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Produced & Maintained by Idaho Mountain Express, Box 1013, Ketchum, ID 83340-1013 
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Copyright © 2003 Express Publishing Inc.
All Rights reserved. Reproduction in whole or in part in any form or medium without express written permission of Express Publishing Inc. is prohibited. 

For the week of November 12 - 18, 2003


Boand, Renick are elected to SV Council

Express Staff Writer

Planning and Zoning Commissioner Blair Boand was elected Tuesday, Nov. 4, to fill Seat 1 on the Sun Valley City Council, while incumbent Lud Renick narrowly secured enough votes to retain Seat 2 on the panel.

By a margin of 355 votes to 213, Boand won the race for designated Seat 1 over businessman Matthew Colesworthy. "I am pleased, to say the least," Boand said Friday, Nov. 7, after the results were certified by the current City Council.

Renick was victorious over challenger Milton Adam by a significantly smaller margin. Renick earned 299 votes while Adam garnered 265.

Vacationing on the island of Maui, Hawaii, Renick this week said the race for Seat 2 was closer than he anticipated. "I’m pleased that I won," he said.

Boand and Renick will be sworn into office for a four-year term at the City Council’s first meeting in 2004. The meeting is currently scheduled for Thursday, Jan. 15.

The two contested City Council races—paired with a competitive race for mayor—prompted nearly three out of four registered Sun Valley voters to participate in the Nov. 4 election.

After a final tally late Nov. 4, city officials determined that 594 voters cast ballots in the election. The city has approximately 810 registered voters.

With an abundance of ballots to count the night of Election Day, election officials did not complete a final tally of votes until 11:45 p.m. The polls closed at 8 p.m.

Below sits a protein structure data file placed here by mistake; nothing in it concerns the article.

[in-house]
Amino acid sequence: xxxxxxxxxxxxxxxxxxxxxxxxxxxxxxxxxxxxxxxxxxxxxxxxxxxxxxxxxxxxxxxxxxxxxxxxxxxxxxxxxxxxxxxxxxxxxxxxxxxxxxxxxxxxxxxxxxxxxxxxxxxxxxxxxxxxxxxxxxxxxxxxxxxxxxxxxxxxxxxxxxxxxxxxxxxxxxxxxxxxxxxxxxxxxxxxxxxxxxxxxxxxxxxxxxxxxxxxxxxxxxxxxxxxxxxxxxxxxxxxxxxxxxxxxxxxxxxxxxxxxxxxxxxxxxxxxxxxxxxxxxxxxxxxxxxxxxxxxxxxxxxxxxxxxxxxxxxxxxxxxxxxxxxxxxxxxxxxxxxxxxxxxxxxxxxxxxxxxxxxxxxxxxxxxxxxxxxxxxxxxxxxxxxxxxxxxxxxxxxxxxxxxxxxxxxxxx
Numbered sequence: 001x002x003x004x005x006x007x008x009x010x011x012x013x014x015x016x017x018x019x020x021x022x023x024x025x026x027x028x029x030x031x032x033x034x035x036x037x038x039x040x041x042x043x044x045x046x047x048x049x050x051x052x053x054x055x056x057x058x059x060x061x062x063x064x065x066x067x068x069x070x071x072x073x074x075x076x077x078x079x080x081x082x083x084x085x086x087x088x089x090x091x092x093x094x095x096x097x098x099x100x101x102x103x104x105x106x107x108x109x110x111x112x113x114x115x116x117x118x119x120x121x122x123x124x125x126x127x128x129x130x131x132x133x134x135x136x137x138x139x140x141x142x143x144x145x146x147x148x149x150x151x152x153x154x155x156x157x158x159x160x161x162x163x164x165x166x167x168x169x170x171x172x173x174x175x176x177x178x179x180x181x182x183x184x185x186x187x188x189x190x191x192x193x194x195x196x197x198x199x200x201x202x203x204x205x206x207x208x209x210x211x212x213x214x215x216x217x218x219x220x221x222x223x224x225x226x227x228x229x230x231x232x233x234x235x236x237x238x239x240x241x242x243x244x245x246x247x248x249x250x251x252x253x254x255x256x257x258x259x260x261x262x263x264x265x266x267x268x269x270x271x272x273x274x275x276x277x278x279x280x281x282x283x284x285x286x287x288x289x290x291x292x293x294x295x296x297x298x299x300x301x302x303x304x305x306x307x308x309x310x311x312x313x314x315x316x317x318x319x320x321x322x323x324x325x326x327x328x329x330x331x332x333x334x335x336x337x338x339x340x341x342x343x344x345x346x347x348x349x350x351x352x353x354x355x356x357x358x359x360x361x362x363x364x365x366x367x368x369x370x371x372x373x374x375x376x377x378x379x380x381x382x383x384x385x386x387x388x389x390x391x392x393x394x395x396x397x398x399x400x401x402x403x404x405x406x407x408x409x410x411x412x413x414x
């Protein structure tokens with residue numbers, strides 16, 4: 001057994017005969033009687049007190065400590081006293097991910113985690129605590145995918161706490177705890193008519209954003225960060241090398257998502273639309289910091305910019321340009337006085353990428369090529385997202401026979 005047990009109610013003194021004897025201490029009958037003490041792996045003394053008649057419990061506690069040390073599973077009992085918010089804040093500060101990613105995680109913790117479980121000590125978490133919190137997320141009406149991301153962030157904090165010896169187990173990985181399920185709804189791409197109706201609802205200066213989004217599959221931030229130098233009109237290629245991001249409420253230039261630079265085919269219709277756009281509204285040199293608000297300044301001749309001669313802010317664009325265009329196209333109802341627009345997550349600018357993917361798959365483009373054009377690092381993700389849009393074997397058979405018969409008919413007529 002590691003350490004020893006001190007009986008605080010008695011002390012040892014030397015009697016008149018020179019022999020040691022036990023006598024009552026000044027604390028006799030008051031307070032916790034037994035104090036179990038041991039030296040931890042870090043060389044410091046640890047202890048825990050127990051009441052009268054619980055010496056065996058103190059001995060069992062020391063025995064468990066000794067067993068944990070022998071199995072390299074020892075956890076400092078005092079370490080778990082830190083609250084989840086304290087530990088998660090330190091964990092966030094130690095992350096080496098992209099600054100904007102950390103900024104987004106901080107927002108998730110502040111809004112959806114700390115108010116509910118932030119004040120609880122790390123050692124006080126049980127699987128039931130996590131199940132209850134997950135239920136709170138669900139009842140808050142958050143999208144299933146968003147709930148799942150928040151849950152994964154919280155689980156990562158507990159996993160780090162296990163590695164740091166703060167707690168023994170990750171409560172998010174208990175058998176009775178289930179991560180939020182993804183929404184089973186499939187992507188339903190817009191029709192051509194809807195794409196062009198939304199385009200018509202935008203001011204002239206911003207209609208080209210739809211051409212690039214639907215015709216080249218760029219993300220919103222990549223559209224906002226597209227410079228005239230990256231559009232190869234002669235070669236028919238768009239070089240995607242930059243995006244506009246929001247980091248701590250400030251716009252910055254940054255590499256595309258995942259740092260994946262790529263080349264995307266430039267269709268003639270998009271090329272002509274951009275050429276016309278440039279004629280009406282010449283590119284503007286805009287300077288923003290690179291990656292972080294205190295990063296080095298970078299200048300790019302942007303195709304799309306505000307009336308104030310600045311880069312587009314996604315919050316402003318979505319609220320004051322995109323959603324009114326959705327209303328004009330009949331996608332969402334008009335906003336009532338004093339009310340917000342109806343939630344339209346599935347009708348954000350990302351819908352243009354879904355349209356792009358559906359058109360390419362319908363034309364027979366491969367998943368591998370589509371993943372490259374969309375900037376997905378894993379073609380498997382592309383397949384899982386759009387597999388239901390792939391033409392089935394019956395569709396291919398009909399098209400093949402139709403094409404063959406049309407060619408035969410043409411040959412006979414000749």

Boand prevails

Boand, 54, is a partner in Sun Valley-based Mountain Estates Property Management. He has served on the Sun Valley P&Z since January 2000.

In his aggressive two-month-long campaign for Seat 1, Boand told voters he wants to manage growth in a manner that respects property rights and enhances the city’s quality of life.

Boand said he believes his experience on the P&Z might have helped him earn the victory. "I ran the best campaign that I could," he said. "I think that the people appreciated my experience."

In taking Seat 1, Boand will replace current City Council President Latham Williams, who decided to vacate the post to run for Sun Valley mayor. Williams lost his bid for the mayor’s seat to retired physician Jon Thorson.

As one of his first duties as mayor, Thorson will be asked to nominate a replacement for Boand on the P&Z.

Colesworthy, a 49-year-old associate vice president at the A.G. Edwards investment firm in Ketchum, had a strong showing in his first bid for city office. "My opponent won, and I wish him well," he said this week.

Colesworthy campaigned on a platform quite similar to Boand’s, but might have been hampered because he had no formal experience in city government.


Renick takes Seat 2

Renick, 74, a 16-year resident of Sun Valley, said he spent a significant amount of time before the election campaigning for mayoral candidate Williams. At the same time, he said he spent less energy campaigning for his own re-election to Seat 2, which he gained in an uncontested election in 1999.

"I suppose the harder I worked for Latham, the more I gave to Milt," he said, adding that he is "disappointed" that Williams did not win the mayoral election.

During his low-profile campaign, Renick stressed to voters that he is an experienced councilman with a hard work ethic and a solid record of attending council meetings.

Adam, 68, a retired mechanical design engineer, for the second time in four years lost in a bid to earn a seat on the council. In the race for Seat 1 in 1999, he lost to Williams.

In a letter to the Mountain Express editor this week, Adam said he feels he had "achieved victory" in the election by giving voters a choice to incumbent Renick.

"It takes a lot of courage to run for public office, especially in a city as special and complicated as Sun Valley," Adam wrote. "I am pleased to have been able to participate in the process."



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The Idaho Mountain Express is distributed free to residents and guests throughout the Sun Valley, Idaho resort area community. Subscribers to the Idaho Mountain Express will read these stories and others in this week's issue.